Emotionally arresting and poignant…
In this beautifully composed narrative poem, Carreiro delves into the horrors unleashed by Nazi Germany, particularly Adolf Eichmann, a German-Austrian SS-Obersturmbannführer and one of the major organisers of the Holocaust, while paying homage to those who fought for the Allies or took part in the Allies’ war effort against the Nazi Germany. Written in first-person perspective of a fictitious Mossad agent who took part in capturing Eichmann on 11 May 1960 in San Fernando, a suburb of Buenos Aires, Argentina, the poem delves into Eichmann’s personal life, including his marriage, three sons, a couple of mistresses along with his part in the holocaust, his escape from the Allies forces, and the eventual capture and execution. Eichmann was tasked with facilitating and managing the logistics involved in the mass deportation of millions of Jews to ghettos and extermination camps in Nazi-occupied Eastern Europe during World War II. Declaring him a psychopath, the protagonist says: “Yet, he still remains Himmler and Heydrich’s monster;/ their master alchemist, a conjurer, a charmer,/ a spitting cobra in the guise of an associate speaking kindnesses,/ a soul eater, changing flesh into the dust of defeat,/ a moksha whose vision of nirvana ripples incessantly before them/ as a false Jerusalem is descending over their spirits;/ a modern Nero playing a violin while Berlin burns.” The poem poignantly peels back the layers, revealing mass killings and the unimaginable brutality under the Nazi ruling as well as bright flickers of courage and sacrifices made by the Greatest Generation in defeating this dreadful scourge of genocide. Ultimately, Eichmann’s execution serves as one of the unflinching victories against the erasure of the Holocaust: “In the end, I suppose recompense and revenge for such revulsion/ he helped cause in raising the goblin head of corruption,/ deutschland über alles,/ was bludgeoned back into the hell/ where they were spawned./ For the millions killed by such as the einsatzgruppen,/ his cities were firebombed and razed level,/ and even his fellow citizens‘ bodies/ were brought to the crematorium./ Odd, how Jew, Gentile and German/ look alike in their heaped stacks,/ all askew in the rigor mortis of finality; / democracy now showing at the end of mortality.” The black-and-white photographs and the end notes shed further light on Eichmann’s life and other facts, the workings of Mossad among others. The poem is slender but the history lessons here are awe-inspiring if distressing. A poignant, engrossing tale, focusing on both the courage and the evil that existed during the Holocaust.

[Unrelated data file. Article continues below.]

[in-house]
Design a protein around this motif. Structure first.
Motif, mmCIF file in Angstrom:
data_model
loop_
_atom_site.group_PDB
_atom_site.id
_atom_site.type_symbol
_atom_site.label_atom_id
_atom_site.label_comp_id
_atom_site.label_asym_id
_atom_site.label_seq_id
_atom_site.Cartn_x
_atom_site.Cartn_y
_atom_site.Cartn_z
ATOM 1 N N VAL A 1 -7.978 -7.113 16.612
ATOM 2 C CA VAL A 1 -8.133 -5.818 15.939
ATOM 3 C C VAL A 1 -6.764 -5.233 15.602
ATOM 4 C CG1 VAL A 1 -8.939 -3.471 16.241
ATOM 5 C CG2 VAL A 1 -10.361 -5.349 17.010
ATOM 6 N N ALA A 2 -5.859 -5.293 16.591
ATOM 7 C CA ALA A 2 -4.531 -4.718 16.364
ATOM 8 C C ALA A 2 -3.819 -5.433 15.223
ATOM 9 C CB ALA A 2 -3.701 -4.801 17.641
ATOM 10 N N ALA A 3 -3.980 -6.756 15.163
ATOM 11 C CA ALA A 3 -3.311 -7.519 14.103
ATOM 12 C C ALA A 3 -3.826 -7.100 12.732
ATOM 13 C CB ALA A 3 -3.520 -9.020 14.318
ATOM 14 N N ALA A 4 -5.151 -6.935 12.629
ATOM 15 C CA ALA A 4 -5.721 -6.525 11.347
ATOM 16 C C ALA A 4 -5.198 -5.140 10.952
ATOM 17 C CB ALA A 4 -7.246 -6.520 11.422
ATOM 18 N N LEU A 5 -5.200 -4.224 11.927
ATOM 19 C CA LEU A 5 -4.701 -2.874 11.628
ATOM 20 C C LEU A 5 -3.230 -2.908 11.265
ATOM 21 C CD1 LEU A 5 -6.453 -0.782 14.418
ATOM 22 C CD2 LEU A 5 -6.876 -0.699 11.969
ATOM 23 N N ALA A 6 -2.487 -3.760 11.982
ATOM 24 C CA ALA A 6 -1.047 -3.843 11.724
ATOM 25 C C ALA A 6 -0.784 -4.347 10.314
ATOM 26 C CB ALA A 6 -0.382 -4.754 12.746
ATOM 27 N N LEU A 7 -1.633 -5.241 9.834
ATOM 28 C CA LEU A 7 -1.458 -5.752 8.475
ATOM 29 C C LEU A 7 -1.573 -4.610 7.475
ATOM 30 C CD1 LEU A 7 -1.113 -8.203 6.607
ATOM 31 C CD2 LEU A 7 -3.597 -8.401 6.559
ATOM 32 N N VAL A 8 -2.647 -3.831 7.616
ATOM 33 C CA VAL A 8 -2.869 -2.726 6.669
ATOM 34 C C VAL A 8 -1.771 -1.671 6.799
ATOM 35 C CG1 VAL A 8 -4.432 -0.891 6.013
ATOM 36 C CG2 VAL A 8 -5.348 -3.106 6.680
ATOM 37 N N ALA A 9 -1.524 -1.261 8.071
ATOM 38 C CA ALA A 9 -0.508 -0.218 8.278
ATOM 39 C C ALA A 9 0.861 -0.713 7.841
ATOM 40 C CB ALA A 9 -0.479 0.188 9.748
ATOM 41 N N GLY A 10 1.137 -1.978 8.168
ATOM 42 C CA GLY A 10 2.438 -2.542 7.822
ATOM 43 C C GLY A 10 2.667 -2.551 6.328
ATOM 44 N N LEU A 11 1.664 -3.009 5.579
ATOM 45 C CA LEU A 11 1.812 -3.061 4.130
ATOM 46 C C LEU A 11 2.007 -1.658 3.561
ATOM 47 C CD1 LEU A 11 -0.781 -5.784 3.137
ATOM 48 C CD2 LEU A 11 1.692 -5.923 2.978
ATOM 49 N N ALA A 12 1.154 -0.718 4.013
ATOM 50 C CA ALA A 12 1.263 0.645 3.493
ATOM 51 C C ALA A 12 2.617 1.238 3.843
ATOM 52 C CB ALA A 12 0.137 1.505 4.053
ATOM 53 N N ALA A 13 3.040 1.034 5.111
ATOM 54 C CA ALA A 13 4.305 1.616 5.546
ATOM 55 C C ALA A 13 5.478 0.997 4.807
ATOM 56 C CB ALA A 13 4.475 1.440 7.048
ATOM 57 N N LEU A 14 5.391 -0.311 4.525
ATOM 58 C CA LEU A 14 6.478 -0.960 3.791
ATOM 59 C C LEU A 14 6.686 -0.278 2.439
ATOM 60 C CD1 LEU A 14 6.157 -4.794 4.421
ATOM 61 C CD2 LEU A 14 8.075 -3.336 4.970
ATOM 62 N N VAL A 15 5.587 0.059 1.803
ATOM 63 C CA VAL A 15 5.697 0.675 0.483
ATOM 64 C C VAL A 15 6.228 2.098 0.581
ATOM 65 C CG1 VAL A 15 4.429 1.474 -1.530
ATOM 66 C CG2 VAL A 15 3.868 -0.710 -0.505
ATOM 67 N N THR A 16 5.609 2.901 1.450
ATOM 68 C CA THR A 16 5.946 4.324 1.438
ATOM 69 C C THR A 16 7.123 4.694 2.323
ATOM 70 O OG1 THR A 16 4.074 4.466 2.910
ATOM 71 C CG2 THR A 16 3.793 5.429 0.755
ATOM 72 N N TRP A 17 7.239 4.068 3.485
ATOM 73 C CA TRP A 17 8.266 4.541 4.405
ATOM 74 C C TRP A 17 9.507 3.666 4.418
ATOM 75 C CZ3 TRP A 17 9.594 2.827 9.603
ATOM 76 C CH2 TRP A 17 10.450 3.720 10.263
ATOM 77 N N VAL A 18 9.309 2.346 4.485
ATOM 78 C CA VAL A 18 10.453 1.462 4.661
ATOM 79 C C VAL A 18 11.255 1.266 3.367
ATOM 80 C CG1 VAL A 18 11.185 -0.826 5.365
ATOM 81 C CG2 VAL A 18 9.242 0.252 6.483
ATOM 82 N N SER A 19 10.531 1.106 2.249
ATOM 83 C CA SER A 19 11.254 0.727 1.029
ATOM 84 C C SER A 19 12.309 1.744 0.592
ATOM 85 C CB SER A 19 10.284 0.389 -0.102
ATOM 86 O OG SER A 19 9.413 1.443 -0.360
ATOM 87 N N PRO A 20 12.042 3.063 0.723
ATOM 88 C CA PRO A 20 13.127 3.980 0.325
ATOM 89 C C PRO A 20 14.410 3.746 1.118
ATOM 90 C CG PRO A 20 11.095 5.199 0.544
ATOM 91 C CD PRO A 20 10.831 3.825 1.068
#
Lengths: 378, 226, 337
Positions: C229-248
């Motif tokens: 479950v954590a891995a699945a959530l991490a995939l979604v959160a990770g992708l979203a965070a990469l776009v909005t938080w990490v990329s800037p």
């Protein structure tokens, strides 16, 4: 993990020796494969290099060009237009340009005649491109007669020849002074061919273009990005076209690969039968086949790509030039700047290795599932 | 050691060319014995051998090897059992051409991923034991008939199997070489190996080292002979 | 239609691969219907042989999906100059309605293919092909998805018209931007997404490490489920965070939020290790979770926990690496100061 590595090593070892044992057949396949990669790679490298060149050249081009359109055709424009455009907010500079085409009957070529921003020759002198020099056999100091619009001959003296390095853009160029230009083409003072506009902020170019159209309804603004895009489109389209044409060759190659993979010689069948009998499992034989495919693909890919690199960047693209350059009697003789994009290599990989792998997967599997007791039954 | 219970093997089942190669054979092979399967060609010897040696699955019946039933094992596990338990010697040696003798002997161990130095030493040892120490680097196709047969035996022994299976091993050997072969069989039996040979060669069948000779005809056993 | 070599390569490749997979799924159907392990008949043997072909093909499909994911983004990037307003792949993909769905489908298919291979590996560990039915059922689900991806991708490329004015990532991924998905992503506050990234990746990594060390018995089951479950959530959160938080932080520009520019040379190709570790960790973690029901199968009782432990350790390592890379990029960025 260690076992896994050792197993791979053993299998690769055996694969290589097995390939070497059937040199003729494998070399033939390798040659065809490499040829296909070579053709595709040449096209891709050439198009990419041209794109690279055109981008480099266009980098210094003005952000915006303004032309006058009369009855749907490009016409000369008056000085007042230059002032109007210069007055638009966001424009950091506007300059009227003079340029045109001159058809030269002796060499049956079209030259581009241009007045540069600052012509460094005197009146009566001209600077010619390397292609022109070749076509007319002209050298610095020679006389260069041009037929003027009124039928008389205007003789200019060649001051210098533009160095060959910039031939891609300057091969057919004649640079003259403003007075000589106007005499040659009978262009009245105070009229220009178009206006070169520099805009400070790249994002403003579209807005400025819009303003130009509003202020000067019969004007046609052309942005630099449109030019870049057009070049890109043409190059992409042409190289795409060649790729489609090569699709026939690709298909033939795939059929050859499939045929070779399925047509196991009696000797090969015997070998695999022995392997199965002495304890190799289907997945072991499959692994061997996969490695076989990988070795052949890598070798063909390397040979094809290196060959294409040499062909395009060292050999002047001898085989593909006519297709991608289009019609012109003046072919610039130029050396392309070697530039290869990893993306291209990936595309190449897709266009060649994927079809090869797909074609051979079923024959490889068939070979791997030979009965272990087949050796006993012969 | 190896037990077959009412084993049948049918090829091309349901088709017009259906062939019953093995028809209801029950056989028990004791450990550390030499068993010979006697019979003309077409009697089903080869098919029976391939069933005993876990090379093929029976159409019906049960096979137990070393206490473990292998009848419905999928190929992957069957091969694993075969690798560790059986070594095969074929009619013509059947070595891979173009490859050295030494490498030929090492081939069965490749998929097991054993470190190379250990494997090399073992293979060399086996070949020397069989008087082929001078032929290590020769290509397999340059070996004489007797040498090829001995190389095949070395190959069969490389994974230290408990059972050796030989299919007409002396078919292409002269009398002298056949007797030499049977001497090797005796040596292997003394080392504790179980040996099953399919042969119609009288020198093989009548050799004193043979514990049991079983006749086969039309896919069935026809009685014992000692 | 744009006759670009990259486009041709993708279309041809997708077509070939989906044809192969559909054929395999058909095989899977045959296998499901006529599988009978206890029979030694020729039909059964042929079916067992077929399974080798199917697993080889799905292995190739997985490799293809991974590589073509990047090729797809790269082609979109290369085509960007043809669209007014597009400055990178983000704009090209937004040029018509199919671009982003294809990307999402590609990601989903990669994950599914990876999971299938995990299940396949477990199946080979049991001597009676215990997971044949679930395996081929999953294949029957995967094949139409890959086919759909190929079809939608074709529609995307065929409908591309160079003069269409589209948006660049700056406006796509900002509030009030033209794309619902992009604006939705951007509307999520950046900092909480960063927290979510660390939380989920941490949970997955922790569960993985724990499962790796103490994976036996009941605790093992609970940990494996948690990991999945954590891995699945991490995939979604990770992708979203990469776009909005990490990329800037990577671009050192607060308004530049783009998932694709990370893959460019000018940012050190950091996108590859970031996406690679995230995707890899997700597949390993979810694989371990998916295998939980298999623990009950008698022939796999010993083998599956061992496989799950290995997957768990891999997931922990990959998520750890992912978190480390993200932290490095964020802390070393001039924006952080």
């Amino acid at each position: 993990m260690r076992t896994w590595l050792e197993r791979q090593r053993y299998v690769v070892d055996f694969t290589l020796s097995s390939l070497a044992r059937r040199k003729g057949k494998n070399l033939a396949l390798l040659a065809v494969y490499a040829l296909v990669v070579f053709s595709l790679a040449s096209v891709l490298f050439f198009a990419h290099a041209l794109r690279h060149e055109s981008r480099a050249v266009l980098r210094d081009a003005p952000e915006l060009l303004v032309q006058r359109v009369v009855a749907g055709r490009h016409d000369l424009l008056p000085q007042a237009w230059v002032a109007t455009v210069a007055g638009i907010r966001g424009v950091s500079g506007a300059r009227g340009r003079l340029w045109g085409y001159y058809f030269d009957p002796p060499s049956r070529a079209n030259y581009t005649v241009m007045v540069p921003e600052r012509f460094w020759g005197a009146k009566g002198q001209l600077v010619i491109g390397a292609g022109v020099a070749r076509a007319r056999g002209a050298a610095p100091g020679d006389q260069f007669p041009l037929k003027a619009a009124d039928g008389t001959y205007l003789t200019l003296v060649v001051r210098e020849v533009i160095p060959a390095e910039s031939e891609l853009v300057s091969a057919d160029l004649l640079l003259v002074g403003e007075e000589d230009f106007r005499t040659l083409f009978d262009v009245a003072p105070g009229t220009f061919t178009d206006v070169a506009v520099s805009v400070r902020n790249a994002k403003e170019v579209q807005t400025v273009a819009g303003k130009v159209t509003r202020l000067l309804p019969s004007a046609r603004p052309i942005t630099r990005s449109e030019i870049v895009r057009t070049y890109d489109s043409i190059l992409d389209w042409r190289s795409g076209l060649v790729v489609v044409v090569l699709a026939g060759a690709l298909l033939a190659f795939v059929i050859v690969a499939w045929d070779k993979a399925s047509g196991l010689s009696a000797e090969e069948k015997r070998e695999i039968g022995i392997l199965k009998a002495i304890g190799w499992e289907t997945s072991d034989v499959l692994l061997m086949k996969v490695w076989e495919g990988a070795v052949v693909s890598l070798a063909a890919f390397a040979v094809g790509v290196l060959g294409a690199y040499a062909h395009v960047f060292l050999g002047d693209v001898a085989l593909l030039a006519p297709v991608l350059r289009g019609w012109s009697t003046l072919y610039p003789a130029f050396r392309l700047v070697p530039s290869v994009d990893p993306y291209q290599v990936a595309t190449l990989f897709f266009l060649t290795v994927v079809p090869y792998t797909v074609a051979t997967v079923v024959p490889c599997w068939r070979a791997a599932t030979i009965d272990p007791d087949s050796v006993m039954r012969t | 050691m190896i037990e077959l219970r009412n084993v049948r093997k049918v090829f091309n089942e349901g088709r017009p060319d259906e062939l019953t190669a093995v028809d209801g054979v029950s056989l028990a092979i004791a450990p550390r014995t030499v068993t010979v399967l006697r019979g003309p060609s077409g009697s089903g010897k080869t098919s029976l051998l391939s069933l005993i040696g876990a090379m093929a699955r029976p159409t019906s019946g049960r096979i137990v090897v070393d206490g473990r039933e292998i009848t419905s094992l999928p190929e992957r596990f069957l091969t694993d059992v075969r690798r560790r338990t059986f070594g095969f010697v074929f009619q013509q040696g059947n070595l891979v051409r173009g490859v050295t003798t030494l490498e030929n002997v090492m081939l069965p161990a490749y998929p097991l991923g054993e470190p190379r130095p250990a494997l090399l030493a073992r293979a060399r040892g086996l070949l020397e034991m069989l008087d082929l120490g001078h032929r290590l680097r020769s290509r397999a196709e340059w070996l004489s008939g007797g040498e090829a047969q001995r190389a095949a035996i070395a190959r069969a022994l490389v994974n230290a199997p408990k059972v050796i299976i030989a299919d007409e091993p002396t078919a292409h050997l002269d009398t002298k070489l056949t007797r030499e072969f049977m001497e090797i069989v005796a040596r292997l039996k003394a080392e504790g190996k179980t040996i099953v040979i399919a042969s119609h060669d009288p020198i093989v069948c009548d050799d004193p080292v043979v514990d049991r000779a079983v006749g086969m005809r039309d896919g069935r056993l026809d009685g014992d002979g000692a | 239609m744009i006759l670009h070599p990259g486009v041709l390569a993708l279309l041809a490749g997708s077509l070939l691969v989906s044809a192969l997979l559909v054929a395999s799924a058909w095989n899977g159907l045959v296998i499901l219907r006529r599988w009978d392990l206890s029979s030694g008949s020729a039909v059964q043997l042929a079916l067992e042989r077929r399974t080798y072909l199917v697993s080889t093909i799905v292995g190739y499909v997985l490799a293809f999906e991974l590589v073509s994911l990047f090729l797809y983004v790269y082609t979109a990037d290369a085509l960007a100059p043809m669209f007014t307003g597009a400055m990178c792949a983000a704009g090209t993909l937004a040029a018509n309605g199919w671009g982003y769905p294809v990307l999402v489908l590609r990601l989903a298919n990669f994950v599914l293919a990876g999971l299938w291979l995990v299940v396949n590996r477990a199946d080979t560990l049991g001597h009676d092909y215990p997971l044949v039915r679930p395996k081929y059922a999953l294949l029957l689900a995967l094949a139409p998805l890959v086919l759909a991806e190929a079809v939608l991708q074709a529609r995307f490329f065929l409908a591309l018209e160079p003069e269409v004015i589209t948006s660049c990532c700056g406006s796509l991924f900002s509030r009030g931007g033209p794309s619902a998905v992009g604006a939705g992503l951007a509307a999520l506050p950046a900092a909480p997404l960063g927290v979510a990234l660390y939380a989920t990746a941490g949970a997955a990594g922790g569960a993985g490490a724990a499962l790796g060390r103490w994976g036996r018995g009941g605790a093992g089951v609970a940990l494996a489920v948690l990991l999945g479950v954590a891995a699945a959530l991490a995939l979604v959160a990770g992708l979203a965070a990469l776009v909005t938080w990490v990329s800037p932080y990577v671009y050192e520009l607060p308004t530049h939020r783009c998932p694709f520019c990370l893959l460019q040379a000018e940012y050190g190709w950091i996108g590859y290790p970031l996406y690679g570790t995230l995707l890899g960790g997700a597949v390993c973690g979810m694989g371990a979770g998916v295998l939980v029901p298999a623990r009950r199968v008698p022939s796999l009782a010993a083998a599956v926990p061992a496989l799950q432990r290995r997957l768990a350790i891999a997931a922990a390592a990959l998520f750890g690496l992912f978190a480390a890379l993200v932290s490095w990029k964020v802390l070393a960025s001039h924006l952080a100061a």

Send Down the Master in Person
Reflections on Adolf Eichmann
A. Keith Carreiro
Pub date June 23, 2022
Price $10.49 (USD) Kindle edition